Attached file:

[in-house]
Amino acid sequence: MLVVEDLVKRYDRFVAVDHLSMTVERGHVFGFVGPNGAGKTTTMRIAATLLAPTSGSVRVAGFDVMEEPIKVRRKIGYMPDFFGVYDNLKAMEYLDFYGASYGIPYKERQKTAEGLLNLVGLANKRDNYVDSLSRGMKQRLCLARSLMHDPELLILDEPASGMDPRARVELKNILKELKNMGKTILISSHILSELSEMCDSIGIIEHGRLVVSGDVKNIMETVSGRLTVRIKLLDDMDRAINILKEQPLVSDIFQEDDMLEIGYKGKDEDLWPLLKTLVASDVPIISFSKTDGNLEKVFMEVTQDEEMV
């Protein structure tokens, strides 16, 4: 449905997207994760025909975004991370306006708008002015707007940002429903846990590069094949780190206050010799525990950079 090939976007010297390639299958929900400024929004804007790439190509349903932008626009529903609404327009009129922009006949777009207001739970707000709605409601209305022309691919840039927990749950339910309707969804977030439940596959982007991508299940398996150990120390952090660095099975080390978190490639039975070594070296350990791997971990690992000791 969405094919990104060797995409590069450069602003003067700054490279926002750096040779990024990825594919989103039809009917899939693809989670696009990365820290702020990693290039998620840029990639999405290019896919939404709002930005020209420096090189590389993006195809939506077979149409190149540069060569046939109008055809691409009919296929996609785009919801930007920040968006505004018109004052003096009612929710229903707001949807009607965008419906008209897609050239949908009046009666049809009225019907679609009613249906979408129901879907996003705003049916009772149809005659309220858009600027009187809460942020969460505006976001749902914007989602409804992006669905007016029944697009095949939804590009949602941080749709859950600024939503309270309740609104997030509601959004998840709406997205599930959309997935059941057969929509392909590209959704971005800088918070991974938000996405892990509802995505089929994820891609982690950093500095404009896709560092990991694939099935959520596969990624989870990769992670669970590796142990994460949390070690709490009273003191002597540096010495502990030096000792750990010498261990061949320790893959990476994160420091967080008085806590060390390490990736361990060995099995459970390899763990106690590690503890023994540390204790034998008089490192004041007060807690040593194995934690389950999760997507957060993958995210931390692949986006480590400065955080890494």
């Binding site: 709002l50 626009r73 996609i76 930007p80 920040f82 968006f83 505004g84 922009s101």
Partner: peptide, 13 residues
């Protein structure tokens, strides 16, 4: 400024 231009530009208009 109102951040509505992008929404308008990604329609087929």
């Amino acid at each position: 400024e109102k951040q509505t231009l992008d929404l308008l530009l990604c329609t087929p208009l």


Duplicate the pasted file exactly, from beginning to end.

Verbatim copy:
[in-house]
Amino acid sequence: MLVVEDLVKRYDRFVAVDHLSMTVERGHVFGFVGPNGAGKTTTMRIAATLLAPTSGSVRVAGFDVMEEPIKVRRKIGYMPDFFGVYDNLKAMEYLDFYGASYGIPYKERQKTAEGLLNLVGLANKRDNYVDSLSRGMKQRLCLARSLMHDPELLILDEPASGMDPRARVELKNILKELKNMGKTILISSHILSELSEMCDSIGIIEHGRLVVSGDVKNIMETVSGRLTVRIKLLDDMDRAINILKEQPLVSDIFQEDDMLEIGYKGKDEDLWPLLKTLVASDVPIISFSKTDGNLEKVFMEVTQDEEMV
């Protein structure tokens, strides 16, 4: 449905997207994760025909975004991370306006708008002015707007940002429903846990590069094949780190206050010799525990950079 090939976007010297390639299958929900400024929004804007790439190509349903932008626009529903609404327009009129922009006949777009207001739970707000709605409601209305022309691919840039927990749950339910309707969804977030439940596959982007991508299940398996150990120390952090660095099975080390978190490639039975070594070296350990791997971990690992000791 969405094919990104060797995409590069450069602003003067700054490279926002750096040779990024990825594919989103039809009917899939693809989670696009990365820290702020990693290039998620840029990639999405290019896919939404709002930005020209420096090189590389993006195809939506077979149409190149540069060569046939109008055809691409009919296929996609785009919801930007920040968006505004018109004052003096009612929710229903707001949807009607965008419906008209897609050239949908009046009666049809009225019907679609009613249906979408129901879907996003705003049916009772149809005659309220858009600027009187809460942020969460505006976001749902914007989602409804992006669905007016029944697009095949939804590009949602941080749709859950600024939503309270309740609104997030509601959004998840709406997205599930959309997935059941057969929509392909590209959704971005800088918070991974938000996405892990509802995505089929994820891609982690950093500095404009896709560092990991694939099935959520596969990624989870990769992670669970590796142990994460949390070690709490009273003191002597540096010495502990030096000792750990010498261990061949320790893959990476994160420091967080008085806590060390390490990736361990060995099995459970390899763990106690590690503890023994540390204790034998008089490192004041007060807690040593194995934690389950999760997507957060993958995210931390692949986006480590400065955080890494």
């Binding site: 709002l50 626009r73 996609i76 930007p80 920040f82 968006f83 505004g84 922009s101």
Partner: peptide, 13 residues
């Protein structure tokens, strides 16, 4: 400024 231009530009208009 109102951040509505992008929404308008990604329609087929």
């Amino acid at each position: 400024e109102k951040q509505t231009l992008d929404l308008l530009l990604c329609t087929p208009l």